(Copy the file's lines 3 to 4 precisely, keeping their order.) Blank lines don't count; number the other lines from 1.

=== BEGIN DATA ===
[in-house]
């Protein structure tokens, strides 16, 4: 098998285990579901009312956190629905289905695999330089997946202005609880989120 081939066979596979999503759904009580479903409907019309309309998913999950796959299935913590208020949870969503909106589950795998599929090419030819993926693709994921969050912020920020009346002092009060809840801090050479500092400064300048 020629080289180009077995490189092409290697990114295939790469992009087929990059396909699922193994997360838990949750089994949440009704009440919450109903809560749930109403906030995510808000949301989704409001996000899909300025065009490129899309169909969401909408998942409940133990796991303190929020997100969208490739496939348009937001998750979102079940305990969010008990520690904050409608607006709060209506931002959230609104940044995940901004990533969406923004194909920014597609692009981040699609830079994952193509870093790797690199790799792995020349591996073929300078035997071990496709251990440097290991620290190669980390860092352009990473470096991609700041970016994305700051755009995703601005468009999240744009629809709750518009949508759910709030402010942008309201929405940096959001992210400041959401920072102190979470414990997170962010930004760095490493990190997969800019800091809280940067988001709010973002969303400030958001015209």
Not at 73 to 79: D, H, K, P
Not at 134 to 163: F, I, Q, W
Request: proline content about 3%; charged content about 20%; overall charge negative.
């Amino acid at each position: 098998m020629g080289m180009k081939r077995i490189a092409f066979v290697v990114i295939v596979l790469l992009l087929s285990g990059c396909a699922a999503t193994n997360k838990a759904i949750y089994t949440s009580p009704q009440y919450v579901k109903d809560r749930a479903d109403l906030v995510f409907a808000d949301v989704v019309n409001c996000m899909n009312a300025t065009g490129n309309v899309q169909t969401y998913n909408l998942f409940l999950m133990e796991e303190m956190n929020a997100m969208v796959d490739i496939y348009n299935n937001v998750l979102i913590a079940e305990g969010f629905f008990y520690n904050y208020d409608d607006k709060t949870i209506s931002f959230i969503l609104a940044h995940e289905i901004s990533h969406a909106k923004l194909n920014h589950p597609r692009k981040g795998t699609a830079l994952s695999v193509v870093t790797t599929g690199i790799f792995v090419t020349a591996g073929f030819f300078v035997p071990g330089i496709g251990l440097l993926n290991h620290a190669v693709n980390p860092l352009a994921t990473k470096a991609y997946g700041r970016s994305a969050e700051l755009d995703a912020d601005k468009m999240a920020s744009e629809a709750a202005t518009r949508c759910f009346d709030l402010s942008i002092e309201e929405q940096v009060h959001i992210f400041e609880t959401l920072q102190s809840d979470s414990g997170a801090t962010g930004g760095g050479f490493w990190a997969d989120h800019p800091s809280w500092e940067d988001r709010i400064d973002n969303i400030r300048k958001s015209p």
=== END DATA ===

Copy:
Not at 73 to 79: D, H, K, P
Not at 134 to 163: F, I, Q, W